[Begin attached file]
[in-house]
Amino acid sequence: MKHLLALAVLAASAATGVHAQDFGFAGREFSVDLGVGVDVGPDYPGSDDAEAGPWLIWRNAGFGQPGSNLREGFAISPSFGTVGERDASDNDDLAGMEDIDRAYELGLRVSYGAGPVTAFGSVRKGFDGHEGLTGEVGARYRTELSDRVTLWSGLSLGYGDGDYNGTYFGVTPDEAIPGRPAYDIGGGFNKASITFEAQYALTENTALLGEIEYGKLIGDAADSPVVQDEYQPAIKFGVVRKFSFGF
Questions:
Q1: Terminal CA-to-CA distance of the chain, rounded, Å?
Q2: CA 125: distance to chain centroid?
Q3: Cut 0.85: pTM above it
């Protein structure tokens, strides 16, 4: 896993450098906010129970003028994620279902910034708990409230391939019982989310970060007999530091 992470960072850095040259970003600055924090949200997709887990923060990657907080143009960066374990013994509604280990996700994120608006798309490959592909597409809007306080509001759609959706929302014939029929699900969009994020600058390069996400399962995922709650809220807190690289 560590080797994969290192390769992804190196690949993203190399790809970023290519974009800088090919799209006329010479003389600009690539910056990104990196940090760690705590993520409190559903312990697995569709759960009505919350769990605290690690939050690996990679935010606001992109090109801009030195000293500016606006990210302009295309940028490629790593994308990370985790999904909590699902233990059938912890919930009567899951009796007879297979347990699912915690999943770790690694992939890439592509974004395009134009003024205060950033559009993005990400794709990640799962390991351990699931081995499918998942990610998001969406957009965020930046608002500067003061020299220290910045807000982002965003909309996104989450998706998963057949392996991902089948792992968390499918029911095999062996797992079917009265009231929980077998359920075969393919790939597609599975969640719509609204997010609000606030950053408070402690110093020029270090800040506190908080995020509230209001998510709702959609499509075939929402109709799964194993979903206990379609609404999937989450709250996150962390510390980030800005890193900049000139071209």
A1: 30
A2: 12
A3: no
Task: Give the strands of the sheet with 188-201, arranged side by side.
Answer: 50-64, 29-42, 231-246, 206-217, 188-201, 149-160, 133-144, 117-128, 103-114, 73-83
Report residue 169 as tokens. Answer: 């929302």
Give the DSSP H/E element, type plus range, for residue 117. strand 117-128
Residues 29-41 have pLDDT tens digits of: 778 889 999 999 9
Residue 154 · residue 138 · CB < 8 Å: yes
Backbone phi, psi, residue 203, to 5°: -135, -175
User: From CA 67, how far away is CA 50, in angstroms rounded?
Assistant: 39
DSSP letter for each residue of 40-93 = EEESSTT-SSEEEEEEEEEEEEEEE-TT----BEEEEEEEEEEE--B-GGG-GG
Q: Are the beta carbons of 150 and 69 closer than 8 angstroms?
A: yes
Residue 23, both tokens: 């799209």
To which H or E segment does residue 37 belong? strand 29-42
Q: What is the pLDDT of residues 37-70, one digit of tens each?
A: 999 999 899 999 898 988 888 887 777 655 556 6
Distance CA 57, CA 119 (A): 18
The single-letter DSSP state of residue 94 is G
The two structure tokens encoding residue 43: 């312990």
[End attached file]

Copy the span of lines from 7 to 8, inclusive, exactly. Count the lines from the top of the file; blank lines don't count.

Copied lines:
């Protein structure tokens, strides 16, 4: 896993450098906010129970003028994620279902910034708990409230391939019982989310970060007999530091 992470960072850095040259970003600055924090949200997709887990923060990657907080143009960066374990013994509604280990996700994120608006798309490959592909597409809007306080509001759609959706929302014939029929699900969009994020600058390069996400399962995922709650809220807190690289 560590080797994969290192390769992804190196690949993203190399790809970023290519974009800088090919799209006329010479003389600009690539910056990104990196940090760690705590993520409190559903312990697995569709759960009505919350769990605290690690939050690996990679935010606001992109090109801009030195000293500016606006990210302009295309940028490629790593994308990370985790999904909590699902233990059938912890919930009567899951009796007879297979347990699912915690999943770790690694992939890439592509974004395009134009003024205060950033559009993005990400794709990640799962390991351990699931081995499918998942990610998001969406957009965020930046608002500067003061020299220290910045807000982002965003909309996104989450998706998963057949392996991902089948792992968390499918029911095999062996797992079917009265009231929980077998359920075969393919790939597609599975969640719509609204997010609000606030950053408070402690110093020029270090800040506190908080995020509230209001998510709702959609499509075939929402109709799964194993979903206990379609609404999937989450709250996150962390510390980030800005890193900049000139071209």
A1: 30